|A Northern Mist
|Alternate Titles:||Mist and the Indian Hunter |
|Size:||31″H x 36″W|
|Published:|| Nelson, W.H. “The Wilmington School.” The International Studio, December 1916: 62.
“Sketch Book…featuring the work of outstanding Delaware artists” Dateline Delaware, September-October 1960: 28.
Apgar, John F., Jr. Frank E. Schoonover, Painter-Illustrator: A Bibliography. Morristown, NJ: John F. Apgar, Jr., 1969: 18.
International Art Gallery. Brandywine Tradition Artists; Featuring the Works of Howard Pyle, Frank E. Schoonover, the Wyeth Family, Charles Colombo, David Hanna. New York: Great American Editions, 1971: 17, 52.
Brandywine River Museum. Frank E. Schoonover, Illustrator. Brandywine River Museum, Chadds Ford, PA, 1979: 51. [not pictured]
Pyle, Howard, N. C. Wyeth, John Edward Dell, and Walt Reed. Visions of Adventure: N.C. Wyeth and the Brandywine Artists. New York: Watson-Guptill Publications, 2000: contents, 58, 60-61.
|Inscription:||lr: Frank E. Schoonover / ’16|
|Annotations:||en verso: Bushkill|
|Exhibitions:||1916 WSFA; 1931 FES; 1962 FES; 1969 Delaware Arts Society; 1971 Brandywine Tradition (catalog); 1974 Albright-Knox; 1979 FES (catalog)|
|Comments:|| index; edit
|Commentary:|| Reflecting on his trip to northern Canada in the summer of 1911, Schoonover chose a favorite subject, the Indian, for this serene moment with the solitary brave in his canoe, quietly gliding through the peaceful water. Perhaps the artist was projecting an experience from his trip when he wrote, “I watched the lake become moonlit and dreamed of how I would put it all on canvas – an Indian in a bark canoe, clear in the full brightness of the moon, in great and noble majesty.” (diaries) The artist chose an early morning mist instead of the moonlit night, but the pervading calm is felt.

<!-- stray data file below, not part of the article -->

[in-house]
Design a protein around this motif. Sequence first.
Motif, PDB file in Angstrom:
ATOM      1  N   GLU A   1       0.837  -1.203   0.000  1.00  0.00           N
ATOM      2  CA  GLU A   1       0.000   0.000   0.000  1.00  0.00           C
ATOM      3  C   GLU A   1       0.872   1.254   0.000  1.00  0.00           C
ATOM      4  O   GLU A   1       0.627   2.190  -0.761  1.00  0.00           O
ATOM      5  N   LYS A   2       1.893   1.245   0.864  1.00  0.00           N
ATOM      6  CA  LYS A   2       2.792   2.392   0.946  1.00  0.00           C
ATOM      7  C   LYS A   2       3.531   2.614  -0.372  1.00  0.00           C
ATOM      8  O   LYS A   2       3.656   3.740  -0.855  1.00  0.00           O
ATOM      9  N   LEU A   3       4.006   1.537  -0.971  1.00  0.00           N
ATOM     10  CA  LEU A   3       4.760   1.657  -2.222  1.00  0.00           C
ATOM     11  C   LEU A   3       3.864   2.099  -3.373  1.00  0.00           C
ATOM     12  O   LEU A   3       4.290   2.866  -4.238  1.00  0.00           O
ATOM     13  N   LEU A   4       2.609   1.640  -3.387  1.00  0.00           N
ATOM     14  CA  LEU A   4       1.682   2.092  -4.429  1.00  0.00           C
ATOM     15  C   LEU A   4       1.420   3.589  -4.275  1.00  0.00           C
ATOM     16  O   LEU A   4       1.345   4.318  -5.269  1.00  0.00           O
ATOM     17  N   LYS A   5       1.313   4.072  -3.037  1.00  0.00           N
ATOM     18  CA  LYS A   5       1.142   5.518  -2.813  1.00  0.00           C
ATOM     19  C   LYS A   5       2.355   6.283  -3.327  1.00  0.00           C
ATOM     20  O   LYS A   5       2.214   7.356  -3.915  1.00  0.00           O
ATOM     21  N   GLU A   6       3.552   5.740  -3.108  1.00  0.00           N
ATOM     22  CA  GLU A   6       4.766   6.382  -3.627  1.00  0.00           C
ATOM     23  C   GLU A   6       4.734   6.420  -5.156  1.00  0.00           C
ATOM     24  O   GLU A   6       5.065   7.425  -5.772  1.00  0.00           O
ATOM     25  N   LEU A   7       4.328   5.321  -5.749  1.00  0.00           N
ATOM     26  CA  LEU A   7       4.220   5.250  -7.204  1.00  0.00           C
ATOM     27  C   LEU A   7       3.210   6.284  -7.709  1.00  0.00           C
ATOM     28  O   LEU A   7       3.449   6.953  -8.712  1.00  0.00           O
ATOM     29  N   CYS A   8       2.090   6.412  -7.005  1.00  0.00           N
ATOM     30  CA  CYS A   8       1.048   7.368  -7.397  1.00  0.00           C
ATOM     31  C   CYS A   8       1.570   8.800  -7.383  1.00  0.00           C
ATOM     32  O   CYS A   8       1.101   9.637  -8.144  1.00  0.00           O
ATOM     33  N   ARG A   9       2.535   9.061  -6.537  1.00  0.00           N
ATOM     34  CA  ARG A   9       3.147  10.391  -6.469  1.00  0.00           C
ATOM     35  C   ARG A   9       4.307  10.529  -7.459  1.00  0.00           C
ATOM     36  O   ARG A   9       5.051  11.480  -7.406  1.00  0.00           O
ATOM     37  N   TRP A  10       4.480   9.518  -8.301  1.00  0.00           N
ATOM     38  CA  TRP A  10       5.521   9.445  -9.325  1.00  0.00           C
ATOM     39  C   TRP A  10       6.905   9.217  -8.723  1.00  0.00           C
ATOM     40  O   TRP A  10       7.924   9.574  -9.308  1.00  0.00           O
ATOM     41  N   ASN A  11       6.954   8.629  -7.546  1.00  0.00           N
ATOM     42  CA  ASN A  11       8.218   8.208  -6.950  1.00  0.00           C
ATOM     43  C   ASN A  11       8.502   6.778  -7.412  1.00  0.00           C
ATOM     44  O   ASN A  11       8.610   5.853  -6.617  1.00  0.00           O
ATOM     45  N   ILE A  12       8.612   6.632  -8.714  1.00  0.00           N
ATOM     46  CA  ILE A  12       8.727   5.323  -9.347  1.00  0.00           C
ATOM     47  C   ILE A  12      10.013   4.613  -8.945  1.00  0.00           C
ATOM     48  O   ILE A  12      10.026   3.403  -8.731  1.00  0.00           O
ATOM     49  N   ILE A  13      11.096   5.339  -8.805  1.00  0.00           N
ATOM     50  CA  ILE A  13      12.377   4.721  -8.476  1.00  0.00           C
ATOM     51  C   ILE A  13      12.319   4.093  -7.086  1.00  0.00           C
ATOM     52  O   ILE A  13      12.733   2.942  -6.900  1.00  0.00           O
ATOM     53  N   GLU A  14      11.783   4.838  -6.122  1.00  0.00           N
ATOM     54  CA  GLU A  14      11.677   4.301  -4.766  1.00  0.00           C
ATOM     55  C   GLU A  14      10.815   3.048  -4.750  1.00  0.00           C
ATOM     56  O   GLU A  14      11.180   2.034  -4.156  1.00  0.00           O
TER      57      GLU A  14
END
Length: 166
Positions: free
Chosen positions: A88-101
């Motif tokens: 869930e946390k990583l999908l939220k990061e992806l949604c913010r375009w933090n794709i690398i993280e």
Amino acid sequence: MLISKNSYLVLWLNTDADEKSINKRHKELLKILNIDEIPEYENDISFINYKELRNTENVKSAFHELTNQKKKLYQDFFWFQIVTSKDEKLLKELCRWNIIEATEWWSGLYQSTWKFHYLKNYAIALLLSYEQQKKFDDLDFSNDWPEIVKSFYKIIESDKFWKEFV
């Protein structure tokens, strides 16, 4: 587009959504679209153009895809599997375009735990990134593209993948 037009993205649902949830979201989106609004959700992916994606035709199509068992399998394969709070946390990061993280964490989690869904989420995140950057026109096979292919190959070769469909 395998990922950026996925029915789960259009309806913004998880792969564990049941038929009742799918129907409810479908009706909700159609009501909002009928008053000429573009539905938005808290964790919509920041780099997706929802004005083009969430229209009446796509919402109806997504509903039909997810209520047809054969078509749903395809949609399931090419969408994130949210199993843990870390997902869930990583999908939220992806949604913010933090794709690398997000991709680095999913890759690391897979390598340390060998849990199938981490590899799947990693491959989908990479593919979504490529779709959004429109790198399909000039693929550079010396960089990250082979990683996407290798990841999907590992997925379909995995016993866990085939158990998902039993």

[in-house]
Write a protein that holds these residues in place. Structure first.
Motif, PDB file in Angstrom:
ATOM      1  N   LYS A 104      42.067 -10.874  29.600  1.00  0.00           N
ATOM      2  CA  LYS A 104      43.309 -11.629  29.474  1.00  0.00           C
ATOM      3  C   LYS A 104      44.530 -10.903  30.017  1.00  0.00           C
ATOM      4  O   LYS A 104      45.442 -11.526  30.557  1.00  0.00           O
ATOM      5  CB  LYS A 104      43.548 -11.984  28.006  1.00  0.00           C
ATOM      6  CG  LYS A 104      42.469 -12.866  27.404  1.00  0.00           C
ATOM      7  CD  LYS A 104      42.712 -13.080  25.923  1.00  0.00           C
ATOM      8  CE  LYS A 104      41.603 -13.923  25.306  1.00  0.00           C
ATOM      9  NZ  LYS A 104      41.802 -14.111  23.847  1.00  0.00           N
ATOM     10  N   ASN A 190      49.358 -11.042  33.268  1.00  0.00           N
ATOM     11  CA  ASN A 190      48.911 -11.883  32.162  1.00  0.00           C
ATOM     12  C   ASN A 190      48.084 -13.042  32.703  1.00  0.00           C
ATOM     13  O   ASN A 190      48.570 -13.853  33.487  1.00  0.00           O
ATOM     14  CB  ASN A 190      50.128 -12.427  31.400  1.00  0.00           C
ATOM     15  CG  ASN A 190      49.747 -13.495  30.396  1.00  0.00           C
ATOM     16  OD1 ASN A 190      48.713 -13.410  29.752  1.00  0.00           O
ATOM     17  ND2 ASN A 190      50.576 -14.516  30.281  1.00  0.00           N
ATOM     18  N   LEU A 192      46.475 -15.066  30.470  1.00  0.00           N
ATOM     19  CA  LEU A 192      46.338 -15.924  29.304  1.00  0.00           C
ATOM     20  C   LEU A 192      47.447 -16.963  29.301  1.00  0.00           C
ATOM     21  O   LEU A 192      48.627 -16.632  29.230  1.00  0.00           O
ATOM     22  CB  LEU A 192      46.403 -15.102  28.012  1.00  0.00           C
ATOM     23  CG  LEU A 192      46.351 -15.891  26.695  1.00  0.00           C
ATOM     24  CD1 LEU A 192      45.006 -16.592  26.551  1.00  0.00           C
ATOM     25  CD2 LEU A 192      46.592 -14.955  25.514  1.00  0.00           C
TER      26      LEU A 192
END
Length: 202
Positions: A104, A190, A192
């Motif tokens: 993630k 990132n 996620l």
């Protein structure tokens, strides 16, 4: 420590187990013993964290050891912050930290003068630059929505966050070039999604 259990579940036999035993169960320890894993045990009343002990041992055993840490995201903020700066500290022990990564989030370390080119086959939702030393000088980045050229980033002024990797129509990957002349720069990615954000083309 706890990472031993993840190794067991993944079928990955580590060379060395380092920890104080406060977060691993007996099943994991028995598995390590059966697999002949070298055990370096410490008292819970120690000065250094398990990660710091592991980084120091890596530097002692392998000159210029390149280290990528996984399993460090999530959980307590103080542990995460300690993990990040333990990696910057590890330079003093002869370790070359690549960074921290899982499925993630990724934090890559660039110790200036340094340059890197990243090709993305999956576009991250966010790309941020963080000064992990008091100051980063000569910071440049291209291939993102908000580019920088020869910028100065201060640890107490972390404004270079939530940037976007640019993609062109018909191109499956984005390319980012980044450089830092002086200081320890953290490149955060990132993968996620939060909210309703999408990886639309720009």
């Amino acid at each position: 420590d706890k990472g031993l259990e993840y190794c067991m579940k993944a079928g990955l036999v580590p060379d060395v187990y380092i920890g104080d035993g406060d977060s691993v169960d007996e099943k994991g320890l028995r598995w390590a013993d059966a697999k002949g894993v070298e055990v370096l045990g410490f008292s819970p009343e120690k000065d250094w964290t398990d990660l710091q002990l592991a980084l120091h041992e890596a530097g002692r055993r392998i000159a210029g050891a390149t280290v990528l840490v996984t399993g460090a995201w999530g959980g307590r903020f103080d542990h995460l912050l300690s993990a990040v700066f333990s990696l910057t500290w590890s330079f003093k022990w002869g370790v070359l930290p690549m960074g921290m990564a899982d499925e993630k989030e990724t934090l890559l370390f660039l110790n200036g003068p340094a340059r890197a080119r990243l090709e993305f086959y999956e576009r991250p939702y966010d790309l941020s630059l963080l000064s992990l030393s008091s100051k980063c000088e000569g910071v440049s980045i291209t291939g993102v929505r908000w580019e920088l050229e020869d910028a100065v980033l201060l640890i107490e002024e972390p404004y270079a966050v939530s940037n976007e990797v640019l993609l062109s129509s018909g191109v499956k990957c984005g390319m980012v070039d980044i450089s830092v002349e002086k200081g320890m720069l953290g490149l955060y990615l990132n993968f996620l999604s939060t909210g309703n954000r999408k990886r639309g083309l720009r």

Not painted as an illustration, the work was “entered…under the title ‘Solitudes’ in a special show and competition among Brandywine artists at the Wilmington Society of Fine Arts in 1916. A reviewer for the International Studio magazine, December 1916, cited this painting (earning second prize) as the strongest in the show. It was sold immediately to Wilmington mill owner Joseph Bancroft, whose family’s art collection was later to become the foundation of the Delaware Art Museum.” (Pyle, Wyeth, Dell and Reed, 60)
|Provenance:||Sold by artist to Joseph Bancroft, Wilmington, Delaware (December 1, 1916); Wilmington Society of the Fine Arts, Wilmington, Delaware; Delaware Art Museum, Wilmington, Delaware; Schoonover Studios, Ltd., Wilmington, Delaware; Somerville Manning Gallery, Greenville, Delaware; Jack Dell; Christie’s, New York (November 29, 2000); Nathaniel Owings, Sante Fe, New Mexico ; private collection|